Washington — Rudy Giuliani, the former New York City mayor who served as an outside lawyer to former President Donald Trump, acknowledged Wednesday that he made “false” statements when he claimed two Georgia election workers engaged in voter fraud during the 2020 election. Giuliani, who’s being sued by the now former election workers for defamation, still argued he was engaging in constitutionally protected speech when he made the allegations.
Giuliani’s concession came in a two-page stipulation he submitted to the federal District Court in Washington, D.C., as part of the lawsuit brought by Ruby Freeman and Wandrea “Shaye” Moss, who are mother and daughter. In the filing, the former mayor admitted that for the purposes of the litigation, “to the extent the statements were statements of fact and otherwise actionable, such actionable factual statements were false.”
Giuliani also admitted that “he does not dispute for purposes of this litigation, that the statements carry meaning that is defamatory per se,” and no longer contests the “factual elements of liability” raised by Freeman and Moss. But he noted that the declaration has no effect on his argument that he made constitutionally protected statements or opinions, or that his conduct caused the pair any damage.
Giuliani’s concessions come as he faces the prospect of sanctions from the court regarding his discovery obligations in the dispute. Freeman and Moss asked U.S. District Judge Beryl Howell, who is presiding over the case, earlier this month to impose the sanctions, including awarding certain attorneys’ fees and costs, on Giuliani for failing to preserve electronic evidence from his email, messaging and social media accounts and electronic devices.
“Indeed, sanctions exist to remedy the precise situation here — a sophisticated party’s abuse of judicial process designed to avoid accountability, at enormous expense to the parties and this Court,” the pair’s lawyers wrote. “Defendant Giuliani should know better. His conduct warrants severe sanctions.”
Giuliani, though, asked to deny the request for sanctions, and noted in a separate filing that he “stipulates by concession any pertinent facts for which discovery from him would be needed.”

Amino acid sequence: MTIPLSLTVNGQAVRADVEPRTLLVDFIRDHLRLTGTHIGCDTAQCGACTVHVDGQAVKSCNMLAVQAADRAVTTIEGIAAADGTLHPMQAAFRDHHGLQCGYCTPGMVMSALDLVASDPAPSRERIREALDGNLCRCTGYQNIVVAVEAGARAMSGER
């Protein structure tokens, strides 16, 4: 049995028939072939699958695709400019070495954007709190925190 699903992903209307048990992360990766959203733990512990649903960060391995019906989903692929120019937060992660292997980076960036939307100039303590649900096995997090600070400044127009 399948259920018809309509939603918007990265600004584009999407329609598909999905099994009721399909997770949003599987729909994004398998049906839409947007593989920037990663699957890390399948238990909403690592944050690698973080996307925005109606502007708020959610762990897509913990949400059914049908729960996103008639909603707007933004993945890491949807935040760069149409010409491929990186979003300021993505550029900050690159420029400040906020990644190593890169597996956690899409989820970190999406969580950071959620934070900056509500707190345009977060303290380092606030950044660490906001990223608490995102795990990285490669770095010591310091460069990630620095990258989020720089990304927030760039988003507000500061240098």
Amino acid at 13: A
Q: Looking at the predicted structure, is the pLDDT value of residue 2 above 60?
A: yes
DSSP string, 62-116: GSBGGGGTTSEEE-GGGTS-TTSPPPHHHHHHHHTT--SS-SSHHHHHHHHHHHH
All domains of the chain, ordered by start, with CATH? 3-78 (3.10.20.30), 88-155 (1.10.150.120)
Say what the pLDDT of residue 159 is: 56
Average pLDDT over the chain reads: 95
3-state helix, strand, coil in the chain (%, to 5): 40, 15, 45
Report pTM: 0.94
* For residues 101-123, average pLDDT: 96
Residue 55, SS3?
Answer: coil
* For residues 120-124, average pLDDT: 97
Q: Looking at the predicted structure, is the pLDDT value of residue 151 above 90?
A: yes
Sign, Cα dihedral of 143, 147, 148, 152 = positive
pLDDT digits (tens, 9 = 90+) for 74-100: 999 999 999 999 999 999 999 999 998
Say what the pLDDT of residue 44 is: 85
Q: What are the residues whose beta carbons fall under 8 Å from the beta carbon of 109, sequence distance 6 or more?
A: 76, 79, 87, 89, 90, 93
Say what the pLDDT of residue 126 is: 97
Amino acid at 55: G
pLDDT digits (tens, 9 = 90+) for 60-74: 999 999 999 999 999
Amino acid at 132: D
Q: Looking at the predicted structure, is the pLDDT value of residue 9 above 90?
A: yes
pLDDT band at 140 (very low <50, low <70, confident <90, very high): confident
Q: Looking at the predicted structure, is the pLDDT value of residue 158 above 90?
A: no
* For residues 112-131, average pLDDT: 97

“Out of abundance of caution, and to avoid any potential controversy, Giuliani has agreed to stipulate to the factual aspects of liability as to plaintiffs claims, except damages, as such discovery or information would be solely in possession of the plaintiffs,” Joseph Sibley IV, Giuliani’s lawyer, told the court. “While Giuliani does not admit to Plaintiffs’ allegations, he — for purposes of this litigation only — does not contest the factual allegations.”
The signed declaration noted that Giuliani “is desirous to avoid unnecessary expenses in litigating what he believes to be unnecessary disputes.”
Ted Goodman, a political adviser to Giuliani, said in response to the filing that it was made “in order to move on to the portion of the case that will permit a motion to dismiss.”
“This is a legal issue, not a factual issue. Those out to smear the mayor are ignoring the fact that this stipulation is designed to get to the legal issues of the case,” he said in a statement.
Michael Gottlieb, a lawyer for Freeman and Moss, said Giuliani’s acknowledgements are a “major milestone in this fight for justice,” though certain issues, including damages, still must be decided by the court.
“Giuliani’s stipulation concedes what we have always known to be true — Ruby Freeman and Shaye Moss honorably performed their civic duties in the 2020 presidential election in full compliance with the law; and the allegations of election fraud he and former-President Trump made against them have been false since day one,” Gottlieb said in a statement.
Freeman and Moss worked as election workers in Fulton County, Georgia, during the 2020 election. Freeman was a temporary employee tasked with verifying signatures on absentee ballots and preparing them for counting and processing, while Moss, who had worked for the Fulton County elections department since 2012, worked on the county’s absentee ballot operation.
The two were thrust into the public eye after they were shown in security camera footage from the State Farm Arena in Atlanta processing ballots. The Trump campaign and Giuliani shared an excerpt from the footage, and falsely claimed it showed Freeman and Moss engaging in a fake ballot scheme.
Though Georgia election officials refuted the inaccurate claims peddled by Trump’s allies, Moss and Freeman were subjected to violent and racist threats and harassment. The two women appeared before the House select committee investigating the Jan. 6, 2021, assault on the U.S. Capitol about how theirby the baseless theories spread about them.
Freeman and Moss filed their lawsuit against Giuliani in December 2021, alleging he made defamatory statements about them, which he repeated long after the 2020 election had been decided, and inflicted severe emotional distress on them.
Giuliani sought to dismiss the lawsuit, but Howell denied his request, writing that Giuliani “propagated and pushed” a false narrative that the electron was stolen.